Social Security Disability Insurance (SSDI) provides a monthly income if a qualifying medical condition, such as an injury or illness, prevents you from working. Because it is a government program, however, owing back taxes may affect your eligibility and the amount of money you receive from SSDI.
Here is what you should know about Social Security disability payments and back taxes.
What Are Social Security Disability Benefits?
Social Security is an entitlement program that all of us pay into while working. You help fund the program via a payroll deduction, and you can receive benefits from it when you reach retirement age, or you suffer an injury or illness that prevents you from working. Your monthly disability benefit amount depends on a few factors, including how long you worked before filing for disability and how much you have paid into the program.
Can I Get Social Security Disability if I Owe Back Taxes?
You can still qualify for SSDI payments if you owe back taxes, but you might receive less money. While your Social Security income is protected from garnishment by most creditors, that doesn’t apply when you owe money to the federal government. Thanks to a 2002 law, the IRS can seize a portion of your disability payments to help pay off your back taxes.
Can the IRS Garnish Disability Payments if I Owe Back Taxes?
The IRS can garnish your disability payments to satisfy a tax debt, and they will likely do so if you do not make suitable arrangements on your own to pay. That is why we recommend working with an experienced and competent tax professional before it gets to that point. (Yes, we can help you!)
How Will the IRS Notify Me Before Garnishing Payments?
The IRS must notify you by mail at least 30 days before they plan to garnish your SSDI payments. If you’ve received such a notice from the IRS, it isn’t too late to make arrangements to avoid having your disability benefits garnished. Use the 30-day grace period to work with a tax professional on a repayment plan or tax forgiveness program.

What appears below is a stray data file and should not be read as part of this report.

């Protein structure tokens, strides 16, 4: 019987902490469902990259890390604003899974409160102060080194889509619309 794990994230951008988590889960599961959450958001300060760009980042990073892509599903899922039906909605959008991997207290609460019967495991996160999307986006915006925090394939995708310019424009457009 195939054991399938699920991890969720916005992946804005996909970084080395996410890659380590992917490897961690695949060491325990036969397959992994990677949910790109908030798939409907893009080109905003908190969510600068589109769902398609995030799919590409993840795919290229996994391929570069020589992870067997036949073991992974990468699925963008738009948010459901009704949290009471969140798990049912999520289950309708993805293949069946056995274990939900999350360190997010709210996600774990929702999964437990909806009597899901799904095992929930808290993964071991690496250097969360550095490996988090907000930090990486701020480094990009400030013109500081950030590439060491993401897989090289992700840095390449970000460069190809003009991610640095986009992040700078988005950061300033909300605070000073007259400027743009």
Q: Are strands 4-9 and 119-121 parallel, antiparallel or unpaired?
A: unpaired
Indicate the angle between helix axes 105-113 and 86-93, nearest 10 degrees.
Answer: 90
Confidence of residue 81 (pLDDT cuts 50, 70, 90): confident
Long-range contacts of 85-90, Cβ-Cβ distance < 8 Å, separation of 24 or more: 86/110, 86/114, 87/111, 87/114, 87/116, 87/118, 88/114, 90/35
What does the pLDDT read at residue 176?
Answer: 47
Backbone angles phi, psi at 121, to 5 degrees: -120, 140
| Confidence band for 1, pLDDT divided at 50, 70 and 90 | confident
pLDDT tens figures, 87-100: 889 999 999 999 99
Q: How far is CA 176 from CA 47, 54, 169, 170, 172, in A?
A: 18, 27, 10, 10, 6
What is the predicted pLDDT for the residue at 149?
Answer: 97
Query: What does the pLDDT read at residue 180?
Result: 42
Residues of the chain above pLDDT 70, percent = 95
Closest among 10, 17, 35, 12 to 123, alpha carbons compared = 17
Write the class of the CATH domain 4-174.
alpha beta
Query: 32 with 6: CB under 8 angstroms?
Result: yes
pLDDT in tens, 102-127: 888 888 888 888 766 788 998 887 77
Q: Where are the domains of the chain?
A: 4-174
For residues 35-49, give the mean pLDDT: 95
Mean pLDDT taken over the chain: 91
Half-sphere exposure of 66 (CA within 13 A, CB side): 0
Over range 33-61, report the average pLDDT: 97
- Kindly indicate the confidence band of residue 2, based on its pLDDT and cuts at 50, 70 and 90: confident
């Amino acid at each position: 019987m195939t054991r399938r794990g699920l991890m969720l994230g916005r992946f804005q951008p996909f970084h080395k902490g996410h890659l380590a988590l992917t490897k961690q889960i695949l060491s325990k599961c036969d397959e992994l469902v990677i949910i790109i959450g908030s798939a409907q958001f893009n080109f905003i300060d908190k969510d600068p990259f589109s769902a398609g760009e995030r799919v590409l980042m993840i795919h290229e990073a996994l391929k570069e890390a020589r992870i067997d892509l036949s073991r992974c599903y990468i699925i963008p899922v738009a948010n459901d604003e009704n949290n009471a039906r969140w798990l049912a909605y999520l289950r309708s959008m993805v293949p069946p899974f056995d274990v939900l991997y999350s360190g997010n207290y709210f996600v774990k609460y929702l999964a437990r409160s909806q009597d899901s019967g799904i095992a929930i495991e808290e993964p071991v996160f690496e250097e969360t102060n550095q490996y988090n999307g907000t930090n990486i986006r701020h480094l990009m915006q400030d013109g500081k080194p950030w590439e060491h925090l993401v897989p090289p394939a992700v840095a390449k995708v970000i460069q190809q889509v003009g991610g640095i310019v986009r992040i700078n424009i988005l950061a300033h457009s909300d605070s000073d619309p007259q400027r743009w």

What Percentage of My Disability Payment Can the IRS Take?
The IRS may garnish up to 15 percent of your Social Security disability payment each month. That doesn’t mean they’ll always take the full amount. It depends on how much you owe and the amount of your monthly disability benefit. If the IRS notifies you that they plan to garnish 15 percent, you have the option to try to negotiate a lower percentage.
How Can I Protect My Social Security Disability From the IRS?
There are two ways to protect your SSDI benefits from IRS garnishment. The first is the simplest, though it’s not always possible: pay off your tax debt. The second is to find a tax relief program.
Pay Your Tax Debt
If you have the means to pay off your tax debt, it is in your best interest to do it. The IRS is not like the annoying debt collector who calls about your old cell phone bill. You can’t make them go away by sending a cease-and-desist letter or filing a dispute with the credit bureaus. Your tax debt will hang around until it is paid off.
Find Tax Relief
If you can’t pay your back taxes in full, several Fresh Start programs can help you settle with the IRS and avoid having your disability payments garnished. You may qualify for an Offer in Compromise, in which the IRS agrees to accept a lower amount than what you owe. Other possibilities include a monthly Installment Agreement, or a deferral or forbearance based on Hardship Status.
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